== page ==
I still wish I'd bought the driftwood sculpture of humpback whales too, but Β£2000 is a lot, especially for a teenager. πŸ™

        • Oh ma gawd, a friend of mine bought the giraffe when we were 15 hahaha! Now we're 26 :p

    • I collected that young too. I think it was because I wasn't happy with my current home-life so I instead looked hopefully to my future, where I could run a home the way I would like.

      • Yeah, I think I was about 13. I spent years daydreaming about the awesome apartment I would have when I was single. But then I decided to live at home through school, so spent most of my early 20s making sure all my belongings were already somewhat packed so I could move out immediately when the time was right.

        …and then I moved out of my parents' to move in with my boyfriend, then married him. So much for the single girl dream. *facepalm* Oh well, the fully stocked kitchen was still useful πŸ™‚

    • My mom & I started my hope chest when I was in elementary school! By the time I moved out on my 22nd birthday I had more dishes, assorted kitchen thingies, decorative bottles, vases, candle holders, etc than I knew what to do with!
      I will definitely be doing the same with my daughter.

  9. Whenever I see someone's bookcases organized by color, I get a little mad, and then sad. Because if they're organized by color, it's pretty much useless, and I feel that they probably don't actually read those books (I know there are always exceptions). My parents have everything by author which works out pretty well, but I go more by genre/what will fit on the shelves/what's my favorite.

    Also, Eames chairs. WHY!?!!?! They are so freaking uncomfortable (trust me, I have lectures in them for 2-5 hours a day).

    At my age though (22 and in college), everyone's apartments look the same because we've all got the base level IKEA stuff! (Hello BILLY, and LACK, and JULES, and GALLANT…)

    • Aw, I don't think color-organization and actually reading your books can't go hand in hand. When I pull a book off the shelf, it's usually after browsing the whole lot of them anyway, so alpha-by-author or organized by genre isn't really a big priority for me.

      When I need to grab something quick for reference, I usually look it up online, so for me books are very much a visual / tactile browsing experience. Why not make them aesthetically appealing while I'm at it?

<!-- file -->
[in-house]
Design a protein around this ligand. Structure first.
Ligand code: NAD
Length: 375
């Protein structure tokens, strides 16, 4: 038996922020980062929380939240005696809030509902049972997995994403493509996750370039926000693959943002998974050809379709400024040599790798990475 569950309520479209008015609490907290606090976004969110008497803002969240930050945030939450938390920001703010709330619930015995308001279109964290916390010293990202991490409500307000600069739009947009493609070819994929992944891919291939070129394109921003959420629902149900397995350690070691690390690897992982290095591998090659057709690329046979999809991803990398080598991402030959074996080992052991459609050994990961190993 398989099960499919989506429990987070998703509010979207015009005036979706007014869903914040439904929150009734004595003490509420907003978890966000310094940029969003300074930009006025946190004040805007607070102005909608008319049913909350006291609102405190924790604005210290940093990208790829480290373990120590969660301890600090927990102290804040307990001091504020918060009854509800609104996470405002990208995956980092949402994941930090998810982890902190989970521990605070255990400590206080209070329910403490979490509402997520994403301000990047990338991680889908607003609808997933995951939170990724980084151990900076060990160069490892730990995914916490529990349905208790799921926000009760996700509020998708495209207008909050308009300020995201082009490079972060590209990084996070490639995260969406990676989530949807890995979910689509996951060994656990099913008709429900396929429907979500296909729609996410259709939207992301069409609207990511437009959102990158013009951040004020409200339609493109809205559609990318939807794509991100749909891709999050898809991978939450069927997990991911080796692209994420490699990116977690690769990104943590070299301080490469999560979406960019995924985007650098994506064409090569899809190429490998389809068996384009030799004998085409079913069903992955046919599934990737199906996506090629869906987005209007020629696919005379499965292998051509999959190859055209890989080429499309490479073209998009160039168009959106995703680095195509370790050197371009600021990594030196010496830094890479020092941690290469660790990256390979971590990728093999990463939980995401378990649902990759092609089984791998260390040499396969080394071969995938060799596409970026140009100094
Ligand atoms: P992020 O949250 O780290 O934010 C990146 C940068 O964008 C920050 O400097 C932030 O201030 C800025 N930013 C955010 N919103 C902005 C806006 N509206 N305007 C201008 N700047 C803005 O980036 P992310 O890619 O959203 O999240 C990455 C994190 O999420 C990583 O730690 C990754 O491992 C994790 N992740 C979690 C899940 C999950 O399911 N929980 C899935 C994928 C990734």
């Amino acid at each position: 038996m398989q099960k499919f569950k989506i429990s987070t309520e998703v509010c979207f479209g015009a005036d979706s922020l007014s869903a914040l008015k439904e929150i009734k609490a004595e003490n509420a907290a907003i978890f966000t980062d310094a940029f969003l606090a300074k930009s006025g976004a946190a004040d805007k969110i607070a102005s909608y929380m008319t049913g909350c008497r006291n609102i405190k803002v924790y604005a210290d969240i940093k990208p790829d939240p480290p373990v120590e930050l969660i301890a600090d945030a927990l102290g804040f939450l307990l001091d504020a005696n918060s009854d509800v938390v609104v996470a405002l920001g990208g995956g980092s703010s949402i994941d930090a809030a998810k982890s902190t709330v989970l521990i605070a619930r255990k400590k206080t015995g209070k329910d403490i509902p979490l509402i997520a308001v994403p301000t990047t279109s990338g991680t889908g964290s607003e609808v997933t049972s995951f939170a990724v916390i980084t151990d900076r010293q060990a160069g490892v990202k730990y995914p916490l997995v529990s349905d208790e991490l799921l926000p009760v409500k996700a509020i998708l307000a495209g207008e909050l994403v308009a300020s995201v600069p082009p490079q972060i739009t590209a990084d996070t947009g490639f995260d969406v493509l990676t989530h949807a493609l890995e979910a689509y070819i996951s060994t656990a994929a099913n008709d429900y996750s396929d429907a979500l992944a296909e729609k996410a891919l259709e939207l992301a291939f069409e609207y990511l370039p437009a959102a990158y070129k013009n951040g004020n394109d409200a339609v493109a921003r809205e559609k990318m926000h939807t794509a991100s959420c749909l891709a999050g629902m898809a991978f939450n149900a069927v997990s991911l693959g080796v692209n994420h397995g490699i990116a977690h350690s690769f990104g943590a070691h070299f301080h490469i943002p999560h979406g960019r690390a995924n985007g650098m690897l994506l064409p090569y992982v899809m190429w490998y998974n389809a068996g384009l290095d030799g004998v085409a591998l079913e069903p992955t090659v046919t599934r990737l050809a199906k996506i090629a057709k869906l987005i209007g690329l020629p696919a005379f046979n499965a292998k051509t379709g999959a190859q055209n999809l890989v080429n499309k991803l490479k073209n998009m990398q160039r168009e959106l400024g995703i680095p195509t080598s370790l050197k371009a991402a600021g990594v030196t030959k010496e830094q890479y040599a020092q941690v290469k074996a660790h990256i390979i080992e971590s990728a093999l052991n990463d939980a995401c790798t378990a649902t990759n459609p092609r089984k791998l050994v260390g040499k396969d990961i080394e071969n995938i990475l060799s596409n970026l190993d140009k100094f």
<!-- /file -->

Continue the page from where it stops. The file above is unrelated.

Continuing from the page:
• Some of our books ended up sorted by color on accident. Interestingly- 90% of my intended's books are black.

          • This is funny to me because I love the color arranged bookshelves, but I can't pull it off because so many of my books are brown. I would have to re-cover a lot of them in bright paper (which I thought about) but that takes time, and I'm lazy. Plus, I like my old, dusty, brown books.

        • same here! and for me itΒ΄s great because normally my brain forgets authors names, but i do remember which color the book had …

    • I think it depends a lot on the type of books you read.

      I'd never organise mine by colour because most of what I read is sci-fi and fantasy and there seems to be a rule that each book in a series must be a different colour so it'd end up a jumbled mess.

      But my mum mainly reads biographies and books on paganism. They rarely come in series and there's not really any clear logical order for them, so organising by colour makes as much sense as anything else and actually helps her find the one she wants to read because she's likely to remember it's got a red cover much easier than who wrote it or what it's called.

      • You make a really good point. I forget that not everyone has tons of series spanning 10+ books where none of them are the same color…. (Class A nerd here!)

        Oh man do I love series…

    • as an artist, i'm a very visual person. & i read like mad, but i am far more likely to find something quickly organized by color than by title or author. don't judge πŸ˜‰

    • my books are shelved by size…kind of. Bigger books on the outside, smaller books in the middle. I tend to remember books by how hefty they are (and color, but that confusing for me). I think i'm subconsciously telling myself that my shelves can hold more weight if the books are arranges this way.

      • Your shelves CAN hold more weight when arranged this way.

        A single heavy book placed on the centre of a shelf can cause sagging and (if it were very heavy or your shelves very flimsy) could break the shelf due to high torque load on the shelves. A heavy book placed on the edge of a shelf passes the load directly to the side supports, and basically eliminates the torque loading on the shelves. lighter books in the middle will do the same thing but the torque load will be less, meaning that the shelves are less likely to break. (end of engineering lecture).

    • My books are organized by genre. I have piles that are "actively or recently" read books that kind of gather around the house, then at work I keep my work-related books (mostly environment/nature books), then we have a section for fitness/martial arts/yoga philosophy and women's health text book like stuff, which is right near the travel section, which kind of blends into more social philosophy types books (most of which I got while traveling), then a couple of shelves of DIY books. And then my fiction is kind of disorganized, though I tend to keep fantasy/sci fi together and more snooty literature/short stories together, and kids books belong on the bottom shelf in case a friend with kids pops by and wants to start taking books off.

      I'm in a hotel right now and miss my books! I've got to agree – rainbow shelves look stunning, but I need them organized by genre or I'd never find them!

      • The Dickens shelf, the Pratchett shelf, the cosmology/physics shelf, the Grimms fairy tale shelf, the Websters Dictionary shelf (it was my Granddads), the newly acquired books shelf (handiest to the door for grabbing something before jumping the train) the antique reference shelves, the ones that were gifts shelf, the beautiful Victorian bindings shelf, the word nerdy shelf, and the pre 1920 cookbooks. And thats just 1/3 of it. No colour matching, no curating the visually jarring, no size bigotry, just like minded books in harmony.